Open access peer-reviewed chapter

Drought Affected Wheat Production in Bangladesh and Breeding Strategies for Drought Tolerance

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Afsana Hannan, Md. Najmol Hoque, Lutful Hassan and Arif Hasan Khan Robin

Submitted: November 21st, 2020 Reviewed: November 30th, 2020 Published: March 8th, 2021

DOI: 10.5772/intechopen.95283

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Wheat is one of the major cereal crops in Bangladesh. Over the last two decades, wheat consumption has passionately amplified in Bangladesh but its production has declined due to various stress environments. Recurrent drought event due to climate change that threatens the country’s food safety has become a serious concern. To safeguard the food security, adopting suitable breeding strategies can add momentum. Developing drought tolerant wheat varieties are the definitive means of protecting the crop against hostile effects of drought. Plant breeders are exploring various breeding strategies to breed for the varieties that can cope with water deficient conditions well. Besides, breeders are consistently looking for new prospects and strategies that can boost genetic gain in yield. To endorse drought tolerance in wheat, understanding the physiological and genetic adaptation mechanisms of wheat cultivars during drought stress would provide the estimated benchmarks to adjust for suitable breeding programs. The efforts of developing drought tolerant wheat genotypes could be supported by different breeding strategies including in vitro haploid and double haploid protocols, polyploidization, development of various types of hybrids and induced mutants by utilizing both classical and molecular breeding techniques. The proposed book chapter shall discuss the pattern of drought-stress in the wheat growing regions, effects of drought stress on wheat production and suitable breeding strategies for developing drought tolerant genotypes in Bangladesh.


  • wheat breeding
  • drought stress
  • tolerance mechanisms
  • breeding strategies

1. Introduction

Bangladesh is a small country geographically situated in between Himalaya and Bay of Bengal. It is among the most vulnerable countries in world to future climate change due to the flat deltaic topography, very low elevation (below 10 meters above sea level) and high population density [1, 2, 3]. Eating a lot of rice is the primary food habit of Bangladeshi people. Next to rice, wheat is the second most important cereal crops in Bangladesh for attaining food and nutritional security [4]. Although being one of the major rice producers and consumers in world [5], consumption and import of wheat in Bangladesh are growing significantly over the years [5, 6, 7, 8, 9]. The speedy economic growth, swift urbanization, and the associated alterations in lifestyle are accountable for the increased consumption of wheat which is not going to change [8]. Instead the demand of wheat will be enhanced in near future [4]. Despite increasing yield, gradual decrease of wheat growing area make the domestic wheat production curve more or less static [10]. At present, the domestic production of the country can only encounter around 20% of total wheat consumption [11, 12] and import is the only way for meeting her demand–supply gap [6]. Several periodic natural calamities such as salinity, drought, high temperature stress, flash floods and cyclones have been accelerated due to climate change in recent years [4, 13]. Among the abiotic stresses, drought is the most prominent and prevalent limiting factors of wheat production [14, 15, 16]. Rising temperature and changing in precipitation pattern lead to increasing incidence and intensity of drought events in country like Bangladesh [17, 18, 19, 20, 21]. Drought employs expressively adverse effects on production of winter crop wheat in northern and central part of Bangladesh [22, 23]. Around 3.5 million ha land are vulnerable to crop production due to drought and wheat is one of the major cereal crops under the radar of this threat [24]. Considering these facts, drought should be highly preferred in future wheat improvement programs. For attaining self-sufficiency in wheat production, wheat breeders of Bangladesh have no alternatives but to develop well adapted drought tolerant varieties [22]. In spite of the polygenic nature, there are ample opportunities to increase drought tolerance of wheat through making some alterations in genetic and molecular levels. Therefore recent wheat breeding programs for drought stress should focus on utilization of both conventional as well as advanced molecular techniques.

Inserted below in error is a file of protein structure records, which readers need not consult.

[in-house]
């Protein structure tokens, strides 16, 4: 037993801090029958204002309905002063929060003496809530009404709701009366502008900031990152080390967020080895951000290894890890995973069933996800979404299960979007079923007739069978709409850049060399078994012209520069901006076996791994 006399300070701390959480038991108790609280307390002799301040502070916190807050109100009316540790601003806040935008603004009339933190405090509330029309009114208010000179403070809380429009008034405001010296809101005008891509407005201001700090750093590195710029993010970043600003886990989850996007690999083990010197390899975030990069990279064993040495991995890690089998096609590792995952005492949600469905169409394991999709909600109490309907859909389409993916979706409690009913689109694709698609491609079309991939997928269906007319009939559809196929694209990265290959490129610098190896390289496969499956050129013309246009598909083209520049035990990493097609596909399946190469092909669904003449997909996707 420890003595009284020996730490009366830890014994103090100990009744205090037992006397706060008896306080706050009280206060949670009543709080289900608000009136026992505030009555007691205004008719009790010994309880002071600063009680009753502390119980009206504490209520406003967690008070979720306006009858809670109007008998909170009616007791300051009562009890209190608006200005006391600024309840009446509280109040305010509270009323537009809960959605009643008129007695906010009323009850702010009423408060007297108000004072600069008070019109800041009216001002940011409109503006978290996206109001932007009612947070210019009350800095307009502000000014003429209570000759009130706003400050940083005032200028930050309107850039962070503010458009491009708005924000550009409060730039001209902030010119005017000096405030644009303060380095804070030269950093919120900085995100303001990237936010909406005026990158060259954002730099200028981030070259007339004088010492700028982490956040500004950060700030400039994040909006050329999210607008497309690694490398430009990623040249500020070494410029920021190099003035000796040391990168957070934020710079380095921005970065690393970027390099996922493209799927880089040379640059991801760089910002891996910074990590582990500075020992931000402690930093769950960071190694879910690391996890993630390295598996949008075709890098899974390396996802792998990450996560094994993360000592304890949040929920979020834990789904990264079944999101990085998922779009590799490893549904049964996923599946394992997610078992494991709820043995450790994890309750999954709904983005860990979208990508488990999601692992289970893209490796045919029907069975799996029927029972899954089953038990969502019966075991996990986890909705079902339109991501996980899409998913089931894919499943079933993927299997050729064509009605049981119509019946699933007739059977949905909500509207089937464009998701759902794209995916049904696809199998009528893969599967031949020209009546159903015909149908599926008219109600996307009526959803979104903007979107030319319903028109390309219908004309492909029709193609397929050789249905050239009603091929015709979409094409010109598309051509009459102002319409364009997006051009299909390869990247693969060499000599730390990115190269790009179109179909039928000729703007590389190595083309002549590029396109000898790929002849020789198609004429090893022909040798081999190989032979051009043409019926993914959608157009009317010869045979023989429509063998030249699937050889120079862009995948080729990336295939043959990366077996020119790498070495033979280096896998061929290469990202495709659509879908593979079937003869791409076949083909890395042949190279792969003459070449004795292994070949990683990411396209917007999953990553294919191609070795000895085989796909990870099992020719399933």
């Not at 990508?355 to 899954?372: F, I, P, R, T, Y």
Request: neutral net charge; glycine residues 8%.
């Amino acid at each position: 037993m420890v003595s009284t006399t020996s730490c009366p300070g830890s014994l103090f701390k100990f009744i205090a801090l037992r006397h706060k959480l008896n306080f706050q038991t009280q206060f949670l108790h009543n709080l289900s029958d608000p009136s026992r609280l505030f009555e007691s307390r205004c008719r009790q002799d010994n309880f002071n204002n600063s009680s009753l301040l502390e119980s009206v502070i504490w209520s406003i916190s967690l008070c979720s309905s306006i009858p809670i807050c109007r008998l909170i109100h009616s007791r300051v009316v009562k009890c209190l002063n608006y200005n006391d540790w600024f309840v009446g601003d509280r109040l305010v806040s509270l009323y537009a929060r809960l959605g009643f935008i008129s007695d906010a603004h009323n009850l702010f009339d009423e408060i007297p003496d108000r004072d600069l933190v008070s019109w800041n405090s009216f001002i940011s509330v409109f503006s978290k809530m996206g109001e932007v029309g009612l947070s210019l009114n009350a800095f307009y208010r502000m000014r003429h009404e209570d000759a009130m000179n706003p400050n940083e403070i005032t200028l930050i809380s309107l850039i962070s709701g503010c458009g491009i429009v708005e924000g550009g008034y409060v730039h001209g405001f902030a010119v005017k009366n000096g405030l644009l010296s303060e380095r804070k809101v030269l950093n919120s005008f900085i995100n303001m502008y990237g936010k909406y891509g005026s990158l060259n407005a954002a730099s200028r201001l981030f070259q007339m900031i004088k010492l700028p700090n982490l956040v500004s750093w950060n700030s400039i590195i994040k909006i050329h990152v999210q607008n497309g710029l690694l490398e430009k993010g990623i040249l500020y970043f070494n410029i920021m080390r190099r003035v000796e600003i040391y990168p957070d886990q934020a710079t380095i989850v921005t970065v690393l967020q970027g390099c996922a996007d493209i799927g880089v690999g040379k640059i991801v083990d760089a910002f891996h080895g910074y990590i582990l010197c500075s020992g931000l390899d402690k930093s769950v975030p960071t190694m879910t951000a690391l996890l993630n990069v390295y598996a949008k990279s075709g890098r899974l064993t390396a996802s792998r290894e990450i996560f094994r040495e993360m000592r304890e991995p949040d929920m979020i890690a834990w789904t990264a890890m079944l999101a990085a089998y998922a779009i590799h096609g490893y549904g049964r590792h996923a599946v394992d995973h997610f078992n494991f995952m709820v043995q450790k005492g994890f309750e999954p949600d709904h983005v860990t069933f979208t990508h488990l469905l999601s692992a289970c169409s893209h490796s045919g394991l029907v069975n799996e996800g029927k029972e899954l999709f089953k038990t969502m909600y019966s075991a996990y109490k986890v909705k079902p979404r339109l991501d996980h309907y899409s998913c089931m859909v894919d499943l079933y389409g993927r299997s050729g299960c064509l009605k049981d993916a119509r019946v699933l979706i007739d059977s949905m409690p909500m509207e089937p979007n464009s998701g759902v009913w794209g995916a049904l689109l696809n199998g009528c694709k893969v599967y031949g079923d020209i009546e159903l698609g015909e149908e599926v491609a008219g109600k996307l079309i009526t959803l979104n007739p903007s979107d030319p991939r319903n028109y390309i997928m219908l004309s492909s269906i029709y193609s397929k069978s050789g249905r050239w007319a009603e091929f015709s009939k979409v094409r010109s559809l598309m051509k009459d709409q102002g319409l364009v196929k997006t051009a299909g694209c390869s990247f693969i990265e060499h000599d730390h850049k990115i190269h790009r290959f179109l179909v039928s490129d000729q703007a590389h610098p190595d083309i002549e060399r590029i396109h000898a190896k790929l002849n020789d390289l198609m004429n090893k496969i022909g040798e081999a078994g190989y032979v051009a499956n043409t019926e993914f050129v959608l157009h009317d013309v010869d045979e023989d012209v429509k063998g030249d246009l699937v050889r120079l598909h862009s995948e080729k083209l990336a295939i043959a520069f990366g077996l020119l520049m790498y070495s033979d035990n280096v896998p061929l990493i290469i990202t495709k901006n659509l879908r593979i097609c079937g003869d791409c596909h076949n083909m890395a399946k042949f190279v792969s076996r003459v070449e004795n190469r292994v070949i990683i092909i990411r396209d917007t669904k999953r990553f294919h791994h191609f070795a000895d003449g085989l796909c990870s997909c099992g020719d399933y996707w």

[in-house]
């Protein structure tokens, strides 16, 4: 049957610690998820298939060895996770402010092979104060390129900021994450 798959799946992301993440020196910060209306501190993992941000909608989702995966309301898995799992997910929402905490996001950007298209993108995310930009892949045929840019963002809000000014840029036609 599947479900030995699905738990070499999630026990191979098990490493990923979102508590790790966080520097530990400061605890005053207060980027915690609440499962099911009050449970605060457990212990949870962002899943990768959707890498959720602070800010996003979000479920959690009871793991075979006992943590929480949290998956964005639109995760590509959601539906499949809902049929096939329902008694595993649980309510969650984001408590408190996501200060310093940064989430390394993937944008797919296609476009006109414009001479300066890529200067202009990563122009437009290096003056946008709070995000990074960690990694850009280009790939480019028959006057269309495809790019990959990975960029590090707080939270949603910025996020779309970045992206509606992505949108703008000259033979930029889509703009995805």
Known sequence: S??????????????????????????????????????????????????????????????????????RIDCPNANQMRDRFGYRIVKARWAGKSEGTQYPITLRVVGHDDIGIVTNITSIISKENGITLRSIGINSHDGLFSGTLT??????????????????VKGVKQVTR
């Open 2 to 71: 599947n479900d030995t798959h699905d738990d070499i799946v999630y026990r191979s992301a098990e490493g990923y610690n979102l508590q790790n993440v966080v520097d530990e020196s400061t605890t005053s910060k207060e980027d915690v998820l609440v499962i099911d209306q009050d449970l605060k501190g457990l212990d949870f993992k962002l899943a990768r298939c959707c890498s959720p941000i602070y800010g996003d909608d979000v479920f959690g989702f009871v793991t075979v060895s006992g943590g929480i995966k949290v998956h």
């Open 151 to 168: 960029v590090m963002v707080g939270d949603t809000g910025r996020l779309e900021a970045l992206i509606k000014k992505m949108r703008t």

2. Pattern and distribution of drought stress in Bangladesh

In Bangladesh, drought is defined as the period when soil moisture content is less than the required amount for satisfactory growth of a crop during a normal crop growing season [25]. According to assessment of Intergovernmental Panel on Climate Change (IPCC), by the year of 2050 about 8 million people of Bangladesh will be affected by droughts [26]. Due to tropical humid type climate, Bangladesh faces widely varying seasonal rainfall pattern, moderately warm temperatures and high humidity [27]. Irregular and varying rainfall pattern due to climate change and lack of surface water is the main reasons of recurrent devastating drought events in many areas of Bangladesh [28, 29]. Among the meteorological droughts, seasonal drought due to asymmetrical distribution of standard rainy and dry season and contingent drought due to irregular rainfall are more predominant in Bangladesh [25]. Due to high variability in pattern and distribution of rainfall, the north-western part of Bangladesh become more susceptible to droughts [30, 31]. In addition, groundwater resources are continuously abused by the farming communities causing scarcity in surface water [32, 33]. Over the last 2–3 decades, the northwestern part of Bangladesh (Barind tract) has been more exposed to recurrent drought events than the other parts [34]. Majority of the parts of greater Dinajpur, Rangpur, Pabna, Rajshahi, Bogura, Naogaon and Joypurhat districts are included in Barind Tract shown in Figure 1 characterized by relatively less rainfall (average annual rainfall 1329 mm), shortage of surface water and high temperatures [25, 35]. One of the most vulnerable districts to droughts in Bangladesh is Rangpur [36].